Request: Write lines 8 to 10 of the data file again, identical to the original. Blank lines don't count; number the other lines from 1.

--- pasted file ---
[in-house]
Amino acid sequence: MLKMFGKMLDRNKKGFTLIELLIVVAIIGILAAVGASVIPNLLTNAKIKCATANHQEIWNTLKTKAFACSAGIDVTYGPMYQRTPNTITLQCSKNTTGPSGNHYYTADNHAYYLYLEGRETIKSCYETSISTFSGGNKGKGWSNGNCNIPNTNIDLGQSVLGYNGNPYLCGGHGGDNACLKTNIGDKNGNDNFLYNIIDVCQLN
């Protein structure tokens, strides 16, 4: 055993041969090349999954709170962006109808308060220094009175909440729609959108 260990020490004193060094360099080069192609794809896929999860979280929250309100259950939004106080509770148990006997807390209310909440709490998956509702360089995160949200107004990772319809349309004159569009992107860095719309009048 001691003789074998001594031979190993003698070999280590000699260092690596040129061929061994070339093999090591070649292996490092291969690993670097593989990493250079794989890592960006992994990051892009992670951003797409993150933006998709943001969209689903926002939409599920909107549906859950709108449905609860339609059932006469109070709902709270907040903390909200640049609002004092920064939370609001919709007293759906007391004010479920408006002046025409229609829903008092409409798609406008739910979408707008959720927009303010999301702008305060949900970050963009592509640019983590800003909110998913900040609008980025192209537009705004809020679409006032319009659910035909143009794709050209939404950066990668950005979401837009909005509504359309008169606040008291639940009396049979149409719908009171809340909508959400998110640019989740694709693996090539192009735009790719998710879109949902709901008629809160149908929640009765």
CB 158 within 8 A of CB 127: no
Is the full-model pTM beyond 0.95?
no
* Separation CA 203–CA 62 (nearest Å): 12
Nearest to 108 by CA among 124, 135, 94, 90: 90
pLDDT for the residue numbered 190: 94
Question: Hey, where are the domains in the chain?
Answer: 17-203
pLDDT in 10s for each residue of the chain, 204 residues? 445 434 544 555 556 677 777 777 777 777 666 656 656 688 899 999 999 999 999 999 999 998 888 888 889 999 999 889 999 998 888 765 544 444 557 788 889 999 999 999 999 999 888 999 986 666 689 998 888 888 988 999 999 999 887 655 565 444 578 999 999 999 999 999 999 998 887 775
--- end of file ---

Nearest to 108 by CA among 124, 135, 94, 90: 90
pLDDT for the residue numbered 190: 94
Question: Hey, where are the domains in the chain?